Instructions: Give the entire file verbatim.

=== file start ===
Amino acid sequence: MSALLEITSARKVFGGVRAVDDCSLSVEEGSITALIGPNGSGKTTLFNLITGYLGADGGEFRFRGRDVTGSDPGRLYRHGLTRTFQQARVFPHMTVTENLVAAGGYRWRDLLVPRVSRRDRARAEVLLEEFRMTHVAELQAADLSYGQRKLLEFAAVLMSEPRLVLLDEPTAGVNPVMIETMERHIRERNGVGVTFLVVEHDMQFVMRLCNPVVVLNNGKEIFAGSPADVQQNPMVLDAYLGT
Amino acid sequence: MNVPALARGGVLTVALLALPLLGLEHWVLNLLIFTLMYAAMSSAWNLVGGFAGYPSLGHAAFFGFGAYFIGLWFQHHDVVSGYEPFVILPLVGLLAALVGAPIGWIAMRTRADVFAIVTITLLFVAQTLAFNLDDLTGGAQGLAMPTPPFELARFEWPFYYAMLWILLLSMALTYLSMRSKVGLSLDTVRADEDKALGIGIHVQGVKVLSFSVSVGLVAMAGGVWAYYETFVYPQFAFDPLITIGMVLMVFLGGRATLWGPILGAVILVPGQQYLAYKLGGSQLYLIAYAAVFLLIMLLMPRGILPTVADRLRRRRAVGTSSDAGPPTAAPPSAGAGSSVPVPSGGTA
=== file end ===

Amino acid sequence: MSALLEITSARKVFGGVRAVDDCSLSVEEGSITALIGPNGSGKTTLFNLITGYLGADGGEFRFRGRDVTGSDPGRLYRHGLTRTFQQARVFPHMTVTENLVAAGGYRWRDLLVPRVSRRDRARAEVLLEEFRMTHVAELQAADLSYGQRKLLEFAAVLMSEPRLVLLDEPTAGVNPVMIETMERHIRERNGVGVTFLVVEHDMQFVMRLCNPVVVLNNGKEIFAGSPADVQQNPMVLDAYLGT
Amino acid sequence: MNVPALARGGVLTVALLALPLLGLEHWVLNLLIFTLMYAAMSSAWNLVGGFAGYPSLGHAAFFGFGAYFIGLWFQHHDVVSGYEPFVILPLVGLLAALVGAPIGWIAMRTRADVFAIVTITLLFVAQTLAFNLDDLTGGAQGLAMPTPPFELARFEWPFYYAMLWILLLSMALTYLSMRSKVGLSLDTVRADEDKALGIGIHVQGVKVLSFSVSVGLVAMAGGVWAYYETFVYPQFAFDPLITIGMVLMVFLGGRATLWGPILGAVILVPGQQYLAYKLGGSQLYLIAYAAVFLLIMLLMPRGILPTVADRLRRRRAVGTSSDAGPPTAAPPSAGAGSSVPVPSGGTA